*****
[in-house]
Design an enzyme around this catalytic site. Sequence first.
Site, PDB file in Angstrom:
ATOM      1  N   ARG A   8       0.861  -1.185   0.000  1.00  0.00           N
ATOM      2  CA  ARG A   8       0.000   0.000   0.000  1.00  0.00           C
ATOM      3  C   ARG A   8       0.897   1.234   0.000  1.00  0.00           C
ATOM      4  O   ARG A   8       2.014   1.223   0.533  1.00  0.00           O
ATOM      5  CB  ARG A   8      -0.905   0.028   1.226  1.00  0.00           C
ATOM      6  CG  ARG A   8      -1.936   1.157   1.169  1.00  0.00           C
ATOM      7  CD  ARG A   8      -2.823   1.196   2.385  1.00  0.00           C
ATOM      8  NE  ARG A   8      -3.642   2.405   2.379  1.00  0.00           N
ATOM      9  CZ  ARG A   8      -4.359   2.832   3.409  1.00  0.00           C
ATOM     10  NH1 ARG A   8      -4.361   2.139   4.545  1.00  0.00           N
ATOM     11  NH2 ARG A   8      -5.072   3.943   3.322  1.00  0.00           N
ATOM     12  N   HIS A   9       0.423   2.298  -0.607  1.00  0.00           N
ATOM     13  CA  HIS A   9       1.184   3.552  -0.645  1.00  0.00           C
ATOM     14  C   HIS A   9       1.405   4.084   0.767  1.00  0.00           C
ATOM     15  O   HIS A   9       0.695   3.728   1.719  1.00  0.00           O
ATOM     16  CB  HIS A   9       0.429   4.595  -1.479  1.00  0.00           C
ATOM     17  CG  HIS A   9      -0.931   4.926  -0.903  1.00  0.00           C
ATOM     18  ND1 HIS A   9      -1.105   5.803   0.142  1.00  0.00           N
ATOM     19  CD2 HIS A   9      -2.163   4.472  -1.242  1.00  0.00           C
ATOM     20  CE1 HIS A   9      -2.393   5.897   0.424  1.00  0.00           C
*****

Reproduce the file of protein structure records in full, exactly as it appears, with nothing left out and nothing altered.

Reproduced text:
[in-house]
Design an enzyme around this catalytic site. Sequence first.
Site, PDB file in Angstrom:
ATOM      1  N   ARG A   8       0.861  -1.185   0.000  1.00  0.00           N
ATOM      2  CA  ARG A   8       0.000   0.000   0.000  1.00  0.00           C
ATOM      3  C   ARG A   8       0.897   1.234   0.000  1.00  0.00           C
ATOM      4  O   ARG A   8       2.014   1.223   0.533  1.00  0.00           O
ATOM      5  CB  ARG A   8      -0.905   0.028   1.226  1.00  0.00           C
ATOM      6  CG  ARG A   8      -1.936   1.157   1.169  1.00  0.00           C
ATOM      7  CD  ARG A   8      -2.823   1.196   2.385  1.00  0.00           C
ATOM      8  NE  ARG A   8      -3.642   2.405   2.379  1.00  0.00           N
ATOM      9  CZ  ARG A   8      -4.359   2.832   3.409  1.00  0.00           C
ATOM     10  NH1 ARG A   8      -4.361   2.139   4.545  1.00  0.00           N
ATOM     11  NH2 ARG A   8      -5.072   3.943   3.322  1.00  0.00           N
ATOM     12  N   HIS A   9       0.423   2.298  -0.607  1.00  0.00           N
ATOM     13  CA  HIS A   9       1.184   3.552  -0.645  1.00  0.00           C
ATOM     14  C   HIS A   9       1.405   4.084   0.767  1.00  0.00           C
ATOM     15  O   HIS A   9       0.695   3.728   1.719  1.00  0.00           O
ATOM     16  CB  HIS A   9       0.429   4.595  -1.479  1.00  0.00           C
ATOM     17  CG  HIS A   9      -0.931   4.926  -0.903  1.00  0.00           C
ATOM     18  ND1 HIS A   9      -1.105   5.803   0.142  1.00  0.00           N
ATOM     19  CD2 HIS A   9      -2.163   4.472  -1.242  1.00  0.00           C
ATOM     20  CE1 HIS A   9      -2.393   5.897   0.424  1.00  0.00           C